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CFA independence, transfer and salary caps – are they possible?

Every transfer window, the Chinese Super League becomes the object of attention from football-watchers all over the world, primed for news of another record-breaking transfer or a big pay day for a star snatched up from the European leagues.

In recent weeks, consternation has a People’s Daily interview with an official from the General Administration for Sport (GAS), who suggested that steps should be taken to “regulate and restrain high-priced signings, and make reasonable restrictions on players’ high incomes.” One year ago, the China Super League spent more than any other league on transfers. Could this be the end of the boom for the CSL’s imported talent?

Less than likely. A key element of the National Football Reform Plan, released in draft in March 2015 before formal publication in April 2016, is the separation of the Chinese Football Association from the General Administration for Sport. This divorce was finalised on January 7 of this year, with the state-backed Global Times reporting the CFA is now independent and no longer double-hatted as the GAS Football Administration Center. The initial reform plan called for the Party Committee of the CFA to be staffed in part by officials from the GAS. This time, it seems that even the back-door linkage between the Chinese Football Association and its former parent organisation is gone. While the remarks from the General Administration of Sport official has attracted headlines, a cap on salaries or transfer spending is unlikely, for the simple reason that the General Administration for Sport does not have the authority to do so. Instead of being a warning sign that the boon times of the CSL are coming to an end, the People’s Daily interview is an indication that Chinese football will be subject to bureaucratic infighting.

There are two reason for this. Football is big business in China, and the body of government that wins the right to set the rules by which the CSL operates will profit as a result. In financial terms, licensing fees, broadcast rights and so forth will bolster the coffers of the agency in change. In the case at hand, GAS’s suggestion of a cap on salaries and transfer fees may lead CSL clubs to lobby for such measures to be discarded. Clearly, administrative authority over the development of football in China is a significant political chip, especially given the level of support from the uppermost levels of the Xi administration. It simply does not make business or political sense for the General Administration for Sport to allow authority over football to transfer to the Chinese Football Association unopposed.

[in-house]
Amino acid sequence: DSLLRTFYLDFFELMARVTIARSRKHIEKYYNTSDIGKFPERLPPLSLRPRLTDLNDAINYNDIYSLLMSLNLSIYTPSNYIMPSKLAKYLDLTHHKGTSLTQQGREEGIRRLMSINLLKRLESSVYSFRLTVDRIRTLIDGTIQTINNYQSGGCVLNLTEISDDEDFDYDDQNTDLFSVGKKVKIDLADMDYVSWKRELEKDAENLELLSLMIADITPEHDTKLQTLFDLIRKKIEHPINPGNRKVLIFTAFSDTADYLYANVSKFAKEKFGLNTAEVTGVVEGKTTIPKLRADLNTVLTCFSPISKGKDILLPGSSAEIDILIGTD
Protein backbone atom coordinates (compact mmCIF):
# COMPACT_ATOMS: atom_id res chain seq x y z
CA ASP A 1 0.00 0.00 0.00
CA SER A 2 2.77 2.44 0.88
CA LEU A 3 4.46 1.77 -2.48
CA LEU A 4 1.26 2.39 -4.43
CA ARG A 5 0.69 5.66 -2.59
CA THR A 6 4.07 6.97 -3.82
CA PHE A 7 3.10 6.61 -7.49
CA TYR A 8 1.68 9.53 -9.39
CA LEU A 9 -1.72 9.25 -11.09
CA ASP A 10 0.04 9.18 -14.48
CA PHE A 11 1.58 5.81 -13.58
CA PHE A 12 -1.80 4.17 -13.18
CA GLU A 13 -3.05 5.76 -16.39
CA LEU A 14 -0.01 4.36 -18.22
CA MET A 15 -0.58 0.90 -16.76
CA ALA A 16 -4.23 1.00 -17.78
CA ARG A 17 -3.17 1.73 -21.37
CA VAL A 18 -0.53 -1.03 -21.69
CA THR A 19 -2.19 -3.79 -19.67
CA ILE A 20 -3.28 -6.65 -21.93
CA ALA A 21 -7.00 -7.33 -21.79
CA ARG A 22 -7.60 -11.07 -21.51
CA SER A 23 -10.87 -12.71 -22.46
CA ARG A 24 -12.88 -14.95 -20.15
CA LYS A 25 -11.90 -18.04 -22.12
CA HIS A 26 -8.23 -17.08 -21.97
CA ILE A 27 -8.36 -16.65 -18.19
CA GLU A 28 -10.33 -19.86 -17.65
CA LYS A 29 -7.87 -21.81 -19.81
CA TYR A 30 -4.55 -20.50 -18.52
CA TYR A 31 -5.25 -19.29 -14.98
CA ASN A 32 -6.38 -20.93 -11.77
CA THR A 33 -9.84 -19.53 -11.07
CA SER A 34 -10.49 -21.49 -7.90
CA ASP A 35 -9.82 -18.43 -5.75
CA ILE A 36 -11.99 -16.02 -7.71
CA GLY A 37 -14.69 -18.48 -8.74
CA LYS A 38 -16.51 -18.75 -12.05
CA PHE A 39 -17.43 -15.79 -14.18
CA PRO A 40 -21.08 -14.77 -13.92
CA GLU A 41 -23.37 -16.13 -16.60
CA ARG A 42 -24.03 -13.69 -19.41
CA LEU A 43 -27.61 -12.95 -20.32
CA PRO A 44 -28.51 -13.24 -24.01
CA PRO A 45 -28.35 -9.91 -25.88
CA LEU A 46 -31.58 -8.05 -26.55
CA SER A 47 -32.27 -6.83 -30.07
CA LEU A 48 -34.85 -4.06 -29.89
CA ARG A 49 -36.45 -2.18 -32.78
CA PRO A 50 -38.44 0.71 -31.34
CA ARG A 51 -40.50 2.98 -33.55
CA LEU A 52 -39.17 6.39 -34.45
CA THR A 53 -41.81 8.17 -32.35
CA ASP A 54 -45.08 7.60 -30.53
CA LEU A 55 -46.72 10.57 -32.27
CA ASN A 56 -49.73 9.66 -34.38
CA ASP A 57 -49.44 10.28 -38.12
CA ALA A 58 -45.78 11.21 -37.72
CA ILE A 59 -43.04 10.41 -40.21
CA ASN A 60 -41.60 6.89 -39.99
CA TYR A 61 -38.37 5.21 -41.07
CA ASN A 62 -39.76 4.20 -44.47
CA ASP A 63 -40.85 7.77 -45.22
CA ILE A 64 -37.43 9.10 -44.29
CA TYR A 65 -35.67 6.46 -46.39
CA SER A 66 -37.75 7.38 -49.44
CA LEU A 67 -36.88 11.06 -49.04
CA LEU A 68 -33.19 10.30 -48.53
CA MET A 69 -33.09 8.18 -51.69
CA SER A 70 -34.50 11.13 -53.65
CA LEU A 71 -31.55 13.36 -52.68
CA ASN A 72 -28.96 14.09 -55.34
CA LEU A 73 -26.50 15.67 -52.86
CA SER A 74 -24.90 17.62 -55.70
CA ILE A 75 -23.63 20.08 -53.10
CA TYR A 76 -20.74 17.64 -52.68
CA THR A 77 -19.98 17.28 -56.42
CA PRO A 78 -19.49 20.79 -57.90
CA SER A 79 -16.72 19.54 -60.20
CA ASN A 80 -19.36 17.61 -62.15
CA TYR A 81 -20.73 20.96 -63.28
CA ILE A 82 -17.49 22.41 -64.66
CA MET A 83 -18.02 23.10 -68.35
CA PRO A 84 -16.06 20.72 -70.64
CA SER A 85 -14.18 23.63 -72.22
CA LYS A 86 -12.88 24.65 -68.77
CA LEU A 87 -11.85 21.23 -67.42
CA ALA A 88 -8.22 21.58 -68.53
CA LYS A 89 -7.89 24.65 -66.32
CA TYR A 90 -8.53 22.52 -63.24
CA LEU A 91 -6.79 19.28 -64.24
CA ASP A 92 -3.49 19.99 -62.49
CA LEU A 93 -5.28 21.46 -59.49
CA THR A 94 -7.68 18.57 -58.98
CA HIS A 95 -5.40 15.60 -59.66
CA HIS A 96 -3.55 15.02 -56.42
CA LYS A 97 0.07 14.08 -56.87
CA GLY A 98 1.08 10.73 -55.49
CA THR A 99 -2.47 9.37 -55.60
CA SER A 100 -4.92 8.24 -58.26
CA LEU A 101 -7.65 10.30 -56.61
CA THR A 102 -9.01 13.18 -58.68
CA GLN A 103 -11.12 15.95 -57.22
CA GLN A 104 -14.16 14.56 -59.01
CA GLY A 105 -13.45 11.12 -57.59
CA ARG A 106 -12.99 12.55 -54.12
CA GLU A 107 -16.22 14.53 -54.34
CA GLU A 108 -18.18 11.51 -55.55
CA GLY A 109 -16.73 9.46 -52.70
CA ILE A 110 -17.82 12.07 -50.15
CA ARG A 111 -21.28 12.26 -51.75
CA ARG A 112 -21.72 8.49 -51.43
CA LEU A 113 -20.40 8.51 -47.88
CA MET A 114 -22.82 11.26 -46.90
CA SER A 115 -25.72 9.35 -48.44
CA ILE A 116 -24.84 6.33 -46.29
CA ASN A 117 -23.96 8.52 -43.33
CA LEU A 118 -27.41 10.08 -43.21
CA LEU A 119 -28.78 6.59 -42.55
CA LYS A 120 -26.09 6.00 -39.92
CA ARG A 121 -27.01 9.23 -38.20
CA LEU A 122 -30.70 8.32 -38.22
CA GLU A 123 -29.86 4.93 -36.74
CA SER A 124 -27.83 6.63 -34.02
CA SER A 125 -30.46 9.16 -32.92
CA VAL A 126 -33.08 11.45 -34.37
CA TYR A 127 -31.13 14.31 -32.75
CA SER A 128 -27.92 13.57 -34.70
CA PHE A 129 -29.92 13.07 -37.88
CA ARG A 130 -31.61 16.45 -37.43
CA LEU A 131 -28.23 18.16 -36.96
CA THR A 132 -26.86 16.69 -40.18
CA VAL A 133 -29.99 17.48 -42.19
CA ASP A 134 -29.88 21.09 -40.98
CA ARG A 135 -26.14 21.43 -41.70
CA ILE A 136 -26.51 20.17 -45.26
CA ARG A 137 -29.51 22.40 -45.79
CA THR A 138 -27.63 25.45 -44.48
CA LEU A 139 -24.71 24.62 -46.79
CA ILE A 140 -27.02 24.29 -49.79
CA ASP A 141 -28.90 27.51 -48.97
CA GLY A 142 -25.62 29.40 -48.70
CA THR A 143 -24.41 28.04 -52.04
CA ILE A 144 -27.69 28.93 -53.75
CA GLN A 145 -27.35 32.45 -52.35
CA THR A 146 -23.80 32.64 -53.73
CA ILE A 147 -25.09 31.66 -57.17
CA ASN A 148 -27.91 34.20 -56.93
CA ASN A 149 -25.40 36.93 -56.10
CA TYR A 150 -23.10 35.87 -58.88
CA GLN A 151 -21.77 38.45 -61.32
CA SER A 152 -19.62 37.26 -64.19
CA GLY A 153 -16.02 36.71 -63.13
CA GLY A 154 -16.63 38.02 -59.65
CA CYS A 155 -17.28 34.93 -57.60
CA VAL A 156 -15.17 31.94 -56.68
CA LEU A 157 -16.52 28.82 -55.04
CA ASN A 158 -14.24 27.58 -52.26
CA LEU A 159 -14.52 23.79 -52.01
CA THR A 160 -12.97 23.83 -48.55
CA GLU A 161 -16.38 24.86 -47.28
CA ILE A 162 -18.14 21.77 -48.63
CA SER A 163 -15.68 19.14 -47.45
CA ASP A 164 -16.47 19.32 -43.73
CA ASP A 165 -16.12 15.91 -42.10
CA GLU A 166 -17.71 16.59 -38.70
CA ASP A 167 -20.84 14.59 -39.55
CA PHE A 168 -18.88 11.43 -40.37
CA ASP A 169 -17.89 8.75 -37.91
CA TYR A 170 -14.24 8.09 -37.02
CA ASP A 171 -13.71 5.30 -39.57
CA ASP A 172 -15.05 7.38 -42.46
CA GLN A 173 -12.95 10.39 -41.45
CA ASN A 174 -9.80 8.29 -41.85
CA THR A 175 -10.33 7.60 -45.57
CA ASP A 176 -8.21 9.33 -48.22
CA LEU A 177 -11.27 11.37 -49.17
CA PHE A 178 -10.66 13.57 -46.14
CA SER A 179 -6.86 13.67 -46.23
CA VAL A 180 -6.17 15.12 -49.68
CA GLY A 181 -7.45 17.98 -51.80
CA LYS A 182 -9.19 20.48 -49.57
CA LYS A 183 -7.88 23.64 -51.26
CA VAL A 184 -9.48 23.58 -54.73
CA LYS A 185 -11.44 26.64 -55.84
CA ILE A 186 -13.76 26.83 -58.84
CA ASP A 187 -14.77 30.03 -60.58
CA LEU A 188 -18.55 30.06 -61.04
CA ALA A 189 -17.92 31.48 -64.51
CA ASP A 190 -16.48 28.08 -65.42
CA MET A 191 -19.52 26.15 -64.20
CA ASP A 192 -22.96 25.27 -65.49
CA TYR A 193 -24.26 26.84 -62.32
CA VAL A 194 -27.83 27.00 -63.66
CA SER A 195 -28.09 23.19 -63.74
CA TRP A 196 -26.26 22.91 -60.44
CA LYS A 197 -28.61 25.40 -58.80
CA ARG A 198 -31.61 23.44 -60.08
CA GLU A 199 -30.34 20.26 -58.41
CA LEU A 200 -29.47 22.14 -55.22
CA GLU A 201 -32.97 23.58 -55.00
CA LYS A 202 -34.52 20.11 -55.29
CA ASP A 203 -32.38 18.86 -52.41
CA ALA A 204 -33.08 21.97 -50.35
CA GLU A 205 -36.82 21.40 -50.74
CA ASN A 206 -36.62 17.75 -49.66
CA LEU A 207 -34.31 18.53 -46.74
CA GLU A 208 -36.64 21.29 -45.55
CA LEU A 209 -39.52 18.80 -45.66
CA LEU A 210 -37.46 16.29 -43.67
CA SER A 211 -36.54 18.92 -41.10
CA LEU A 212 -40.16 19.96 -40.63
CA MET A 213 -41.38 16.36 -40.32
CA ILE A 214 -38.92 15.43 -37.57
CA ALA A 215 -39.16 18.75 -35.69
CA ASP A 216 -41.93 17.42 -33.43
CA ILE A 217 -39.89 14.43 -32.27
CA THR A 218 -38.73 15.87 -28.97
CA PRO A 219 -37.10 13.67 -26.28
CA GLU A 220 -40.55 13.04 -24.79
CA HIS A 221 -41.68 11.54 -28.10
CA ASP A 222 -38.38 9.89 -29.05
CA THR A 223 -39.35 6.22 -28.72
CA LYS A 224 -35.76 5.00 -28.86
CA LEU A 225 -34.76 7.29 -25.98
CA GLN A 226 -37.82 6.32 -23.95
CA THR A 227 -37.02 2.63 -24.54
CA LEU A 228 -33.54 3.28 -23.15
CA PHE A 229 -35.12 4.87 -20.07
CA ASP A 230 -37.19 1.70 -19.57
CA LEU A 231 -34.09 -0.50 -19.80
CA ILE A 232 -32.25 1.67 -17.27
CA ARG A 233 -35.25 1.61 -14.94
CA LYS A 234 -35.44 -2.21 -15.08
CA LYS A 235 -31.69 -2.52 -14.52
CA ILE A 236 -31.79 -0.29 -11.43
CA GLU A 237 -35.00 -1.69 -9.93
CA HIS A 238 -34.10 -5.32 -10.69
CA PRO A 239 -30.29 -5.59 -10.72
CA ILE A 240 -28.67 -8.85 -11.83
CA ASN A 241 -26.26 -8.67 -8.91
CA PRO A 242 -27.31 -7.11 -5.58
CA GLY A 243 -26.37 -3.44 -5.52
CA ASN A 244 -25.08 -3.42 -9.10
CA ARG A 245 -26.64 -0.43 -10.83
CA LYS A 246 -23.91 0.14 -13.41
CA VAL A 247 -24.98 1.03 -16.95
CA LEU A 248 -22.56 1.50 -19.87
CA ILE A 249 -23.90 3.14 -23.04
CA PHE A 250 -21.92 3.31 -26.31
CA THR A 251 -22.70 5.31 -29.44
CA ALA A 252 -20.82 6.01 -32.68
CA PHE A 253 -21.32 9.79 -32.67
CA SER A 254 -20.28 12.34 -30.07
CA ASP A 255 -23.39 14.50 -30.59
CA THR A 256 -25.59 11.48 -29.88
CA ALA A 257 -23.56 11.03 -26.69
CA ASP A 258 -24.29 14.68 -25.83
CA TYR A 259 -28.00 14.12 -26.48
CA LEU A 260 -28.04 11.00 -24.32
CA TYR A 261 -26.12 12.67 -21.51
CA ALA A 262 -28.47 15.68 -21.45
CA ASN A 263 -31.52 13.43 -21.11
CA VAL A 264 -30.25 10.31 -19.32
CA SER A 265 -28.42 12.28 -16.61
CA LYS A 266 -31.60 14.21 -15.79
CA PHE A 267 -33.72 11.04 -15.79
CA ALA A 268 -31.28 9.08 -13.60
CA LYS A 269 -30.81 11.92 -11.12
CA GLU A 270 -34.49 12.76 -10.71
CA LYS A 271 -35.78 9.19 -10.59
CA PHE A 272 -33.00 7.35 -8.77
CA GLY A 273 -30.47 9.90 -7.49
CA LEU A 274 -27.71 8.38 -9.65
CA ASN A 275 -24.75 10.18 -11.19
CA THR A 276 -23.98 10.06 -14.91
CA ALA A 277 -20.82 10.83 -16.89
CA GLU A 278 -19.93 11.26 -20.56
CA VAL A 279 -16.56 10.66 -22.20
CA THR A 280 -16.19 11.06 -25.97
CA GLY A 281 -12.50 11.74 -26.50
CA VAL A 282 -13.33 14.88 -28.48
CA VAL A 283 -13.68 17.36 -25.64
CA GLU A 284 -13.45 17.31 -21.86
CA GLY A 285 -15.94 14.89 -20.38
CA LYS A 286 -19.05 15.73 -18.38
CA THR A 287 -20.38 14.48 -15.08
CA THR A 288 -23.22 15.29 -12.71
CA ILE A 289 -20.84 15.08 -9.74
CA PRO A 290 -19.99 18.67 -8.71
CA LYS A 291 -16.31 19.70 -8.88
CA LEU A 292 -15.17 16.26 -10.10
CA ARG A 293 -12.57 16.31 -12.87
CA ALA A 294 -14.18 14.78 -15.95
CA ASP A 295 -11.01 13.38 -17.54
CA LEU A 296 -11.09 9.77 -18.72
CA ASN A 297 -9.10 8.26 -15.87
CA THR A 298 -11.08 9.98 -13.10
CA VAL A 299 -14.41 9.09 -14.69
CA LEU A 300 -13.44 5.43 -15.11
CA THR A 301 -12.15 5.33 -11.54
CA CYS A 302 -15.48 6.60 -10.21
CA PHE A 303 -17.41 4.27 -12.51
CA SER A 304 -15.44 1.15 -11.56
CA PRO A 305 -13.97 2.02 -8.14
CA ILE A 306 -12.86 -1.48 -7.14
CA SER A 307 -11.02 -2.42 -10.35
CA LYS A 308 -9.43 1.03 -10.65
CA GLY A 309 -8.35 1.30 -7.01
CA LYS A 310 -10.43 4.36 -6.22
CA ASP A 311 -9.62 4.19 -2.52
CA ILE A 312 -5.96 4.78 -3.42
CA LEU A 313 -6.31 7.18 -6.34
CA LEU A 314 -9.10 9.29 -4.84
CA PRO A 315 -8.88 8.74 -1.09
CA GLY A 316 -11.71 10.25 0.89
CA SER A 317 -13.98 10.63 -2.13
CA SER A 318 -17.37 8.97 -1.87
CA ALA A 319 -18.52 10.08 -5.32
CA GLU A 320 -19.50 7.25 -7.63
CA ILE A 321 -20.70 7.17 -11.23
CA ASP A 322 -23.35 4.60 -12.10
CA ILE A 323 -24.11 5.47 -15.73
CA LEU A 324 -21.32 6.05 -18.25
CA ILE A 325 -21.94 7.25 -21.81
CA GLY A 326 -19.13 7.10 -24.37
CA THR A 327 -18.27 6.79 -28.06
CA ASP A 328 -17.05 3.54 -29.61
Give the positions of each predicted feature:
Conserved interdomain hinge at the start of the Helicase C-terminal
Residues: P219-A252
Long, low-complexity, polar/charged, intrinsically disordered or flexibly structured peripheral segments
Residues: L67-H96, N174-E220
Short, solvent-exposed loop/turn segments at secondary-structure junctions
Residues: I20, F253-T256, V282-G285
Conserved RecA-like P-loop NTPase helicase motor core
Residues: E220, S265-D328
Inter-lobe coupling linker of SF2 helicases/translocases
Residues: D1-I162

In fact, there is an imperative for the General Administration for Sport to do what it can to retain some grip on football administration. Until 2015, the central government had endorsed a sports policy known as the “gold medal strategy”, which targeted sports where Chinese athletes would have a relatively easy time of gaining podium positions at the Olympic games. This strategy paid dividends: China topped the gold medal ranking at the Beijing 2008 games, and came second at the 2012 London Olympics. However, embarrassing performances by the men’s football and basketball teams led to the “Three Big Balls” policy, which calls for funding and expertise to be directed toward football, as well as basketball and volleyball. If the General Administration for Sport does not contest the transfer of power to the Chinese Football Association, it faces a significant drawing-down of its prestige. Under the Xi administration in particular, this would be bad news.

President Xi has invigorated the use of “central leading groups”, introduced by Chairman Mao, to centralise his authority and create competition toward policy goals. The Central Leading Group for Deepening Reform, chaired by President Xi, is the most powerful of these groups and played a major role in establishing the direction of the National Football Reform Plan. The transition toward central leading groups creates unease among the existing power structure – in this case the intersection of the General Administration of Sport and the China Football Association. The centralisation of power creates bureaucratic competition, with different agencies seeking to gain one of an ever-shrinking number of seats at the table. The announcement of CFA’s bureaucratic independence may be an attempt by figures at higher levels of the state structure to test the resolve of the GAS, dogged by corruption allegations. More simply, creating competition between two rival agencies should bring efficiency savings for a government looking to turn bold proclamations regarding the future of football in China into a glorious reality. Fearful of being left out in the shadows, the GAS naturally is looking to avoid being left out in the shadows. The suggested cap on player salaries and transfer spending is, however, unlikely to come to fruition any time soon.

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